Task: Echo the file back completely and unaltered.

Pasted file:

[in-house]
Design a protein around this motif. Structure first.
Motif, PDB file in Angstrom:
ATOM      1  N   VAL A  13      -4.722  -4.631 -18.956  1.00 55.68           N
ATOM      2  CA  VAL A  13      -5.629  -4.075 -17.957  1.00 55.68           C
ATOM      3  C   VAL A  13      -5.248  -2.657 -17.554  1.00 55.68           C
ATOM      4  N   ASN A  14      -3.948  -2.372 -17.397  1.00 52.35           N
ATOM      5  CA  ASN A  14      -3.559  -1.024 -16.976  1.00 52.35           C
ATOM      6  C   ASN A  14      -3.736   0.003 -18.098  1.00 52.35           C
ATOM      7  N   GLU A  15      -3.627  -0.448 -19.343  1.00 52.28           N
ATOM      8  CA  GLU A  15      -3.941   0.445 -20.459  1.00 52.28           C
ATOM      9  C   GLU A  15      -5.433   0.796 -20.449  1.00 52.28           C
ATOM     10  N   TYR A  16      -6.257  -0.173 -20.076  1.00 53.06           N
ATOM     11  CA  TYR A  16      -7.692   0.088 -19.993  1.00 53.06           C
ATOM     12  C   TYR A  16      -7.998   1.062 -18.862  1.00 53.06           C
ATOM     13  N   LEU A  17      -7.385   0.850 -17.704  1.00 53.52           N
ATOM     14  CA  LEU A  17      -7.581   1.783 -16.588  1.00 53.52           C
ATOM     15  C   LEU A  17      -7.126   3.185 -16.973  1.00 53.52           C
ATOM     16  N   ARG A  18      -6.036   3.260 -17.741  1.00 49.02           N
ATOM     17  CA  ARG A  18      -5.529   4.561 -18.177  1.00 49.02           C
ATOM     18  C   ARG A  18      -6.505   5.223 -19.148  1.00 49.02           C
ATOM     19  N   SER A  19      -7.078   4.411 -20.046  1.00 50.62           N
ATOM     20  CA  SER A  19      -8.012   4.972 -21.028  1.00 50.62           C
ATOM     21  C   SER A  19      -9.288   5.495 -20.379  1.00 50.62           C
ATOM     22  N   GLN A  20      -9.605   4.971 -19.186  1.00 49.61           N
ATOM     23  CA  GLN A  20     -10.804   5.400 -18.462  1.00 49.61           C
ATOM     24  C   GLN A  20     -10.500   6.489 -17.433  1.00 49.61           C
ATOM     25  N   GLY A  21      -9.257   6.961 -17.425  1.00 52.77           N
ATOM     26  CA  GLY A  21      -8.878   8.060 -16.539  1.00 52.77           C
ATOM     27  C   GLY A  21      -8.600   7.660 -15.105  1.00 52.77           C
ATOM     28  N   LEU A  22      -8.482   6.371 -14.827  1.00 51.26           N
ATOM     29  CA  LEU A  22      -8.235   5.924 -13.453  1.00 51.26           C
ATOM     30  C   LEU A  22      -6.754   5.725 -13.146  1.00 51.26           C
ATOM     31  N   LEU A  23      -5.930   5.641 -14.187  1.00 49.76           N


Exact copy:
[in-house]
Design a protein around this motif. Structure first.
Motif, PDB file in Angstrom:
ATOM      1  N   VAL A  13      -4.722  -4.631 -18.956  1.00 55.68           N
ATOM      2  CA  VAL A  13      -5.629  -4.075 -17.957  1.00 55.68           C
ATOM      3  C   VAL A  13      -5.248  -2.657 -17.554  1.00 55.68           C
ATOM      4  N   ASN A  14      -3.948  -2.372 -17.397  1.00 52.35           N
ATOM      5  CA  ASN A  14      -3.559  -1.024 -16.976  1.00 52.35           C
ATOM      6  C   ASN A  14      -3.736   0.003 -18.098  1.00 52.35           C
ATOM      7  N   GLU A  15      -3.627  -0.448 -19.343  1.00 52.28           N
ATOM      8  CA  GLU A  15      -3.941   0.445 -20.459  1.00 52.28           C
ATOM      9  C   GLU A  15      -5.433   0.796 -20.449  1.00 52.28           C
ATOM     10  N   TYR A  16      -6.257  -0.173 -20.076  1.00 53.06           N
ATOM     11  CA  TYR A  16      -7.692   0.088 -19.993  1.00 53.06           C
ATOM     12  C   TYR A  16      -7.998   1.062 -18.862  1.00 53.06           C
ATOM     13  N   LEU A  17      -7.385   0.850 -17.704  1.00 53.52           N
ATOM     14  CA  LEU A  17      -7.581   1.783 -16.588  1.00 53.52           C
ATOM     15  C   LEU A  17      -7.126   3.185 -16.973  1.00 53.52           C
ATOM     16  N   ARG A  18      -6.036   3.260 -17.741  1.00 49.02           N
ATOM     17  CA  ARG A  18      -5.529   4.561 -18.177  1.00 49.02           C
ATOM     18  C   ARG A  18      -6.505   5.223 -19.148  1.00 49.02           C
ATOM     19  N   SER A  19      -7.078   4.411 -20.046  1.00 50.62           N
ATOM     20  CA  SER A  19      -8.012   4.972 -21.028  1.00 50.62           C
ATOM     21  C   SER A  19      -9.288   5.495 -20.379  1.00 50.62           C
ATOM     22  N   GLN A  20      -9.605   4.971 -19.186  1.00 49.61           N
ATOM     23  CA  GLN A  20     -10.804   5.400 -18.462  1.00 49.61           C
ATOM     24  C   GLN A  20     -10.500   6.489 -17.433  1.00 49.61           C
ATOM     25  N   GLY A  21      -9.257   6.961 -17.425  1.00 52.77           N
ATOM     26  CA  GLY A  21      -8.878   8.060 -16.539  1.00 52.77           C
ATOM     27  C   GLY A  21      -8.600   7.660 -15.105  1.00 52.77           C
ATOM     28  N   LEU A  22      -8.482   6.371 -14.827  1.00 51.26           N
ATOM     29  CA  LEU A  22      -8.235   5.924 -13.453  1.00 51.26           C
ATOM     30  C   LEU A  22      -6.754   5.725 -13.146  1.00 51.26           C
ATOM     31  N   LEU A  23      -5.930   5.641 -14.187  1.00 49.76           N